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Nailing of Christ on the Cross

             The title that is going to be worked on is Nailing of Christ to the Cross by Sigmund Holbein (c. The theme of this painting is how Christ suffered for the sins of men. The painting was done around the year 1500. Although there is no documentations on where the painting has been made, from the history of the artist and his family, it can be assumed that it was made in either Germany or Switzerland. Sigmund Holbein came from a prolific family of painters which included his brother Hans Holbein the Elder and his two sons, Ambrosious and Hans the Younger1, all from the Augsburg school of painting. .
             This particular work of art is 157.3 centimetres long and 58.6 wide. The material used was oil and tempera on panel and after 500 years or so, it is still maintained in good condition at the permanent collection of the Montreal Museum of Fine Arts. The Museum bought it from Horsley and Annie Townsend Bequest.
             II. Iconographical analysis.
             "The Nailing of Christ to the Cross" by Sigmund Holbein, represents what most testament to the crucifixion of Jesus say about the event. There is two depictions of Jesus-Christ on this painting: Jesus about to be put on the Cross (in the foreground) and the raising of the Cross where Jesus is nailed to (in the background). First we must consider the face of the first representation Jesus as depicted on the painting. Although His facial expression clearly shows that He is suffering, it has to be noted also of the contrasting colours between the skin of Jesus" body and his face. .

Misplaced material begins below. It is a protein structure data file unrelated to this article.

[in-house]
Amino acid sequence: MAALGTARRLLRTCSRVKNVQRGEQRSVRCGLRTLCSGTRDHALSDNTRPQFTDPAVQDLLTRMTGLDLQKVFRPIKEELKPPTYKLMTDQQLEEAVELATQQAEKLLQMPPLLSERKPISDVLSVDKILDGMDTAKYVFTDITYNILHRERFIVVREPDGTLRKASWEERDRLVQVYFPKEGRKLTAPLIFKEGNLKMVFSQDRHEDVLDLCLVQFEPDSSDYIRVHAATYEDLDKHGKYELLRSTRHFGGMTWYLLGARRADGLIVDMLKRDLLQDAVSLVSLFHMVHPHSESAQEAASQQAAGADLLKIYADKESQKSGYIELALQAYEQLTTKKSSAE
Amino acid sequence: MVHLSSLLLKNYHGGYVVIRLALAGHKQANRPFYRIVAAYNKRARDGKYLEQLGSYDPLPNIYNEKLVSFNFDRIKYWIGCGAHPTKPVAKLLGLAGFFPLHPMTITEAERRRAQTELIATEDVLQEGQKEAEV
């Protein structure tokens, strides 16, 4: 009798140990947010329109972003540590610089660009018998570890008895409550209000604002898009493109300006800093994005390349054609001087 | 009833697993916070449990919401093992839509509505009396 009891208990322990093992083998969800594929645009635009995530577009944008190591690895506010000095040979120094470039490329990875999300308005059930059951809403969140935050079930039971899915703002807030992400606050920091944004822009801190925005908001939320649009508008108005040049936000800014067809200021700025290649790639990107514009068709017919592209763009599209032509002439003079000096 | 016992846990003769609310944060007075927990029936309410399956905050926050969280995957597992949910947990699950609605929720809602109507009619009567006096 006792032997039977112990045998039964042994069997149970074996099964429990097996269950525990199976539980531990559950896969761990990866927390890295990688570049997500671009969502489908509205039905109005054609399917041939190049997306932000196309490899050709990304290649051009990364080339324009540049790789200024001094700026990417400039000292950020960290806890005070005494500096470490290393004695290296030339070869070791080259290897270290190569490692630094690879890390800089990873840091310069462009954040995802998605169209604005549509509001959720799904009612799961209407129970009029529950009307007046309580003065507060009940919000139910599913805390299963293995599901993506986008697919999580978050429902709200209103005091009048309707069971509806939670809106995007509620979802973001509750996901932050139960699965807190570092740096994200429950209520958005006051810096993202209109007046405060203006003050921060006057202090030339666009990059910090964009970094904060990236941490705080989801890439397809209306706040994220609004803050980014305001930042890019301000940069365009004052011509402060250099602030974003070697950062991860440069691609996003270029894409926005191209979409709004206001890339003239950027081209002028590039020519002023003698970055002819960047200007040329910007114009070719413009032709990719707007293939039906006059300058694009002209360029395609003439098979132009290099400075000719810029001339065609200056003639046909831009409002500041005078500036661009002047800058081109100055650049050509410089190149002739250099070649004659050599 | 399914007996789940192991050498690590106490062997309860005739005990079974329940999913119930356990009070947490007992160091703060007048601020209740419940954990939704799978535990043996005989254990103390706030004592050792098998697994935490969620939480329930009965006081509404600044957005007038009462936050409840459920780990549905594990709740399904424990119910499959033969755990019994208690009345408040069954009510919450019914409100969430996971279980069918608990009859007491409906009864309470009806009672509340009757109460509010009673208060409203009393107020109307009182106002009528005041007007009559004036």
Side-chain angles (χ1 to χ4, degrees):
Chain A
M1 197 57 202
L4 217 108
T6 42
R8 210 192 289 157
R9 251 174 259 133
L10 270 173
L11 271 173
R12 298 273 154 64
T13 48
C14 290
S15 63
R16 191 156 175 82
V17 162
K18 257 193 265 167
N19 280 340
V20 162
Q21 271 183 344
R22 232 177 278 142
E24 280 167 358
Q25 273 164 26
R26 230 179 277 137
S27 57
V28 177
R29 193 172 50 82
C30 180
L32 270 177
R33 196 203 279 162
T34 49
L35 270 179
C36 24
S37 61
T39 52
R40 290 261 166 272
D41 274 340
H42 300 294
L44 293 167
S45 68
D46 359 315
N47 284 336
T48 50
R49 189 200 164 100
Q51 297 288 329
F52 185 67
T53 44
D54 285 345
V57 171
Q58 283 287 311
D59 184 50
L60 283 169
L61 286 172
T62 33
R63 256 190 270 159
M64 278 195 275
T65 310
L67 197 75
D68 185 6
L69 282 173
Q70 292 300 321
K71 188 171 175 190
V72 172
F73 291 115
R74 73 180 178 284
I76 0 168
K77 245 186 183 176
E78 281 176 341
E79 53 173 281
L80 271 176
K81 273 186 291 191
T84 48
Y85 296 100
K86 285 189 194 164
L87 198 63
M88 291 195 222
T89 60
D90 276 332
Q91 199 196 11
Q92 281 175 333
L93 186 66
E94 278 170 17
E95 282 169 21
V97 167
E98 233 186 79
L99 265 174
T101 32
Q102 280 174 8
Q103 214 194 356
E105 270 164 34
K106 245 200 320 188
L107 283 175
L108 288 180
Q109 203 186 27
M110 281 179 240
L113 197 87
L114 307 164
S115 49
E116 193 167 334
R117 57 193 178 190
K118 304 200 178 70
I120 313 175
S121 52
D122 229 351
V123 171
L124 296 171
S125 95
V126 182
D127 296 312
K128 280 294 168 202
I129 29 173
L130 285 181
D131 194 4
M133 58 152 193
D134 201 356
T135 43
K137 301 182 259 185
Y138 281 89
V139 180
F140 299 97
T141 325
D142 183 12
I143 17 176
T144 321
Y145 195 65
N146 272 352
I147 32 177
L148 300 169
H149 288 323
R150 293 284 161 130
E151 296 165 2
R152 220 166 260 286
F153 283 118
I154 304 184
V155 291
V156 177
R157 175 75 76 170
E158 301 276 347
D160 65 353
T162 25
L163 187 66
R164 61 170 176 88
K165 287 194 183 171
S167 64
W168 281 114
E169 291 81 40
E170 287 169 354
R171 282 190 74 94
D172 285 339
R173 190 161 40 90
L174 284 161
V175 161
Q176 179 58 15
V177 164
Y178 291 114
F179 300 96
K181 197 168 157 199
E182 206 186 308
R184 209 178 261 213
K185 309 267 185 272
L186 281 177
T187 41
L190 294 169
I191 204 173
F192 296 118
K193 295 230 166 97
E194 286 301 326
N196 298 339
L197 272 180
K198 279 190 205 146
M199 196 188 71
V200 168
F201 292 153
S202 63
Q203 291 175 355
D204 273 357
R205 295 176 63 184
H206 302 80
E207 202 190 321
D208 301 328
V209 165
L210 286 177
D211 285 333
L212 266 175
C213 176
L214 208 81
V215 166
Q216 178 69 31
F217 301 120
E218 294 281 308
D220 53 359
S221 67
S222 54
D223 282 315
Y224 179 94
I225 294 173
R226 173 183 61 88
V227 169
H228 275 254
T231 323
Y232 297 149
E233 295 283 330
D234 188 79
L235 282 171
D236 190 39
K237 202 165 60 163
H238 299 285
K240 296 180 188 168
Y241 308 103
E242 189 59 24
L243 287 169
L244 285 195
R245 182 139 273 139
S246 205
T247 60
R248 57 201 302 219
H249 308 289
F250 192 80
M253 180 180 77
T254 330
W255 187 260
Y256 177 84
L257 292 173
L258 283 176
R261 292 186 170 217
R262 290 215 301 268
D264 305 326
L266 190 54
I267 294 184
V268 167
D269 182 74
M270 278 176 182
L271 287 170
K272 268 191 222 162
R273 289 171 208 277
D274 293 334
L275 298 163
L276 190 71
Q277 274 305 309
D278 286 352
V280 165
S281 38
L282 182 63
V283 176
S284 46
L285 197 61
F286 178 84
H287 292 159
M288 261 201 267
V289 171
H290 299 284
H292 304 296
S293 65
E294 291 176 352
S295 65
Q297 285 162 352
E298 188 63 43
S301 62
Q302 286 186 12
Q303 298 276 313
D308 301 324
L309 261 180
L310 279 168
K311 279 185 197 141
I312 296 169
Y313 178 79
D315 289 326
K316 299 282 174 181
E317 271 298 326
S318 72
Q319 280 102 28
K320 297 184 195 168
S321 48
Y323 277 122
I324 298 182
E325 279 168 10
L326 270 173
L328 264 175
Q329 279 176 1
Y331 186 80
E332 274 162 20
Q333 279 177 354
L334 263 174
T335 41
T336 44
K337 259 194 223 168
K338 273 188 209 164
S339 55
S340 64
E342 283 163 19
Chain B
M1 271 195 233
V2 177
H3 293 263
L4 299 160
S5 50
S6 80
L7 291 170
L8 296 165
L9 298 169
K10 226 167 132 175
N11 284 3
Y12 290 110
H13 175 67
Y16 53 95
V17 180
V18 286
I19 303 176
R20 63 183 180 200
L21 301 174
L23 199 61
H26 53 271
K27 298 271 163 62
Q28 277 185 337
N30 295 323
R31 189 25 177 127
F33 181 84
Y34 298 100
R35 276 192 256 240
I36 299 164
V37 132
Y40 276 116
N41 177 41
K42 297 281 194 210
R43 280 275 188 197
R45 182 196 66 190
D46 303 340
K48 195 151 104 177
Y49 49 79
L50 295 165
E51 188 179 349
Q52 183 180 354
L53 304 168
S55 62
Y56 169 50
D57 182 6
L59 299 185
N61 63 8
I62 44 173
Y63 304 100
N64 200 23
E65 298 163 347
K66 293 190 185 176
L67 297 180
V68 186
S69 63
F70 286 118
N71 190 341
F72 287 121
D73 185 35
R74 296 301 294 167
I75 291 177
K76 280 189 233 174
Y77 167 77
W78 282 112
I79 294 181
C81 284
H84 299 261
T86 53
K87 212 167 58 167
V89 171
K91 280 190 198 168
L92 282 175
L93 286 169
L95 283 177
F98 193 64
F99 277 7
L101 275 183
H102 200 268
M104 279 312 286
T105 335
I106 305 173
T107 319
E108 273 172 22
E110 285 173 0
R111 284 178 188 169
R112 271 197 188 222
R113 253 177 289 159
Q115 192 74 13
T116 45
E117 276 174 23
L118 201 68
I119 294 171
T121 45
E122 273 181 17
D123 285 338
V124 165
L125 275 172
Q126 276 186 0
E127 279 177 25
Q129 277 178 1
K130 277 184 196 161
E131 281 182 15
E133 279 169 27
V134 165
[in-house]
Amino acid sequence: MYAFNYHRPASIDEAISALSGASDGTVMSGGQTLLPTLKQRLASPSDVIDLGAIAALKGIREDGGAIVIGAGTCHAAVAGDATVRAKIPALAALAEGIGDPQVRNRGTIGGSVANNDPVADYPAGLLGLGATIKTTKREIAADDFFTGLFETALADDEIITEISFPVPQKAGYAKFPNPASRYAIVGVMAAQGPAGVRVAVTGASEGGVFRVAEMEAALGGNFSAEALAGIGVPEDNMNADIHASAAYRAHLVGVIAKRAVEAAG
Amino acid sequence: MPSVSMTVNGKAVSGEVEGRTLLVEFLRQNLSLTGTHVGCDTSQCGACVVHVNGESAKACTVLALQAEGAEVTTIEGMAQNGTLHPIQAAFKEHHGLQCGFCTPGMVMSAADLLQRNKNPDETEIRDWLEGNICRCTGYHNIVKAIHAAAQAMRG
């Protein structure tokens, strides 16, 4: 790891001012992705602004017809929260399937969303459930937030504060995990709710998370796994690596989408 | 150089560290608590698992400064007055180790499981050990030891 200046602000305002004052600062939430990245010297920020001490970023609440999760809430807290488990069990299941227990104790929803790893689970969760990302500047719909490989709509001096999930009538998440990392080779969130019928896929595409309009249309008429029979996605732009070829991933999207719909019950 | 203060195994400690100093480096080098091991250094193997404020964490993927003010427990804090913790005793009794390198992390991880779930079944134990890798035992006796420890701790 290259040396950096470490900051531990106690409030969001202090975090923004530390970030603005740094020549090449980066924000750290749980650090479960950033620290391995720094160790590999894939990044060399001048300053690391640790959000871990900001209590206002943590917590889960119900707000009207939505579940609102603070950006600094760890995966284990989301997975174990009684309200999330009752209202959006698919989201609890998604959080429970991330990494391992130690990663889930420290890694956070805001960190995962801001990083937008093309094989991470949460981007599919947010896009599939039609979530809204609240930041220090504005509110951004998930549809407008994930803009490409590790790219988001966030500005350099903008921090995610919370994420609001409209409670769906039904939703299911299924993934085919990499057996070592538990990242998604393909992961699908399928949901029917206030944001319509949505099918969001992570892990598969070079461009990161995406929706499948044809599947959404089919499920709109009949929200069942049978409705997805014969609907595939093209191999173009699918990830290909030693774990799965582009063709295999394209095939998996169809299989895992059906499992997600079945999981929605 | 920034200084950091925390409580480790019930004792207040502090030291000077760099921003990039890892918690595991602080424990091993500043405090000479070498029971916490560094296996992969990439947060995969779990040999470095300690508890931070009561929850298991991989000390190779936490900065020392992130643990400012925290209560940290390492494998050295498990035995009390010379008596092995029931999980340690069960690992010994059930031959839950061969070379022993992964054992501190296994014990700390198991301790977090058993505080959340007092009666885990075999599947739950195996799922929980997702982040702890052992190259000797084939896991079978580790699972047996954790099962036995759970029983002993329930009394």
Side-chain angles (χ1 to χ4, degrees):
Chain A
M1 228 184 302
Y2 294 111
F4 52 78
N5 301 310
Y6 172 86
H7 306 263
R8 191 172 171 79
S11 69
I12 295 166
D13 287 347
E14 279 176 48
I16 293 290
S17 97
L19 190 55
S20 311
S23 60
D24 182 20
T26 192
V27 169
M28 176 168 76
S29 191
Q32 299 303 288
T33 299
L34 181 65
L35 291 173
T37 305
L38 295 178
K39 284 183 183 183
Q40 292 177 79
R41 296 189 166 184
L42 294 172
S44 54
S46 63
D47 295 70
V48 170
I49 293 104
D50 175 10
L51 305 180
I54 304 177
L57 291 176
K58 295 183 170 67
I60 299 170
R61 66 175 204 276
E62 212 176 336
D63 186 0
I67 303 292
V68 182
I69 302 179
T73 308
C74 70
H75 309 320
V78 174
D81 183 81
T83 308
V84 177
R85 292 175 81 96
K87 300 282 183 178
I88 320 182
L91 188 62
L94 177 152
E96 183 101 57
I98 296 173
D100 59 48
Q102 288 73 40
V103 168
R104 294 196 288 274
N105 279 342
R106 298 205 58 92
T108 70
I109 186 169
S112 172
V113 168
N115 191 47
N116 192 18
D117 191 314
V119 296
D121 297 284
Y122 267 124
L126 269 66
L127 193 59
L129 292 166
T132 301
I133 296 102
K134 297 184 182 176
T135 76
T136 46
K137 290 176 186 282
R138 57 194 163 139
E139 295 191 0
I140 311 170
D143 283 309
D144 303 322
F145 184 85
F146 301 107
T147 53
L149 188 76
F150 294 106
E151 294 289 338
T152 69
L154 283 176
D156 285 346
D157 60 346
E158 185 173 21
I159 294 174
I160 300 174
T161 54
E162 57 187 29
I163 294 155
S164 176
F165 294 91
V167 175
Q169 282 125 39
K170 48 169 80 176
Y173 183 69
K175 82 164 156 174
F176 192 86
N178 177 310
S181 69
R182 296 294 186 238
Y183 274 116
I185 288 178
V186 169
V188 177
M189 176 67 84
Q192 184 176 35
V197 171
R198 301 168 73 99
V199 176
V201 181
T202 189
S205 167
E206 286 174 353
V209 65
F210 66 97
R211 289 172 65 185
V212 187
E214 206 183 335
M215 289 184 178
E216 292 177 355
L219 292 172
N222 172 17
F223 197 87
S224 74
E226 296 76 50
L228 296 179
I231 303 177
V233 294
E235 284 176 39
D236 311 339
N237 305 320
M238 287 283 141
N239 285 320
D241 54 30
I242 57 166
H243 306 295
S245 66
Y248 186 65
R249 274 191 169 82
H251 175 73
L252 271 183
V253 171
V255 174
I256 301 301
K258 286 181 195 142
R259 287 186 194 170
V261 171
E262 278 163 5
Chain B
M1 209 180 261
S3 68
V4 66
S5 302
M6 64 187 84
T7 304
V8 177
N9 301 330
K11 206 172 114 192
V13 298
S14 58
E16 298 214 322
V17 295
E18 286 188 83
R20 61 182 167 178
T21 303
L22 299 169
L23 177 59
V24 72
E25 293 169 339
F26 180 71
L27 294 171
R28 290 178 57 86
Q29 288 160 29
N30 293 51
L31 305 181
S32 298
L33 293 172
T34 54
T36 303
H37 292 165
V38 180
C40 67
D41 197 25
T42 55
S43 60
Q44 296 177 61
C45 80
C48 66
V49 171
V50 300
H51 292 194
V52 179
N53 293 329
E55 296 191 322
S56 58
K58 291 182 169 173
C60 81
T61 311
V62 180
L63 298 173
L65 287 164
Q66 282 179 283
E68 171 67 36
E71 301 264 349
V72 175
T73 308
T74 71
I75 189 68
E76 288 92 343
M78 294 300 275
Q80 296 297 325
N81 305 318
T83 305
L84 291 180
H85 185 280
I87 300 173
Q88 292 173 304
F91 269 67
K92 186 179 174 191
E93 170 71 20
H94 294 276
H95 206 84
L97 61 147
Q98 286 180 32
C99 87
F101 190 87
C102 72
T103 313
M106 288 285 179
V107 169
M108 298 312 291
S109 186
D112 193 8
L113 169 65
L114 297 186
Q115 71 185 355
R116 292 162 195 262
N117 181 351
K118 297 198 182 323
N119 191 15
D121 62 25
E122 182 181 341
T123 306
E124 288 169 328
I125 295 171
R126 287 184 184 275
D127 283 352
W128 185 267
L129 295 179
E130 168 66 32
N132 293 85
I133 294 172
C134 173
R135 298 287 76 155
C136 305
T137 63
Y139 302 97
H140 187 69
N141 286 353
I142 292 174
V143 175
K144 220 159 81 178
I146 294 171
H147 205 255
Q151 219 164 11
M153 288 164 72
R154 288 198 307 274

This expression of suffering is justified, as many already know, for Jesus-Christ was tortured and humiliated severely before ultimately being nailed to the Cross. As was noted above, the face is not the only sign of torture; His body is dripping with His own blood, mostly coming from the head as the crown of thorns pierce through his cranium2. But His pain was not limited to the body, but it was extended to his spirit by way of shame and that He felt betrayed by men among others (all three types of suffering mentioned are part of the five pain of the Passion, but only those three can be applied to the painting3).

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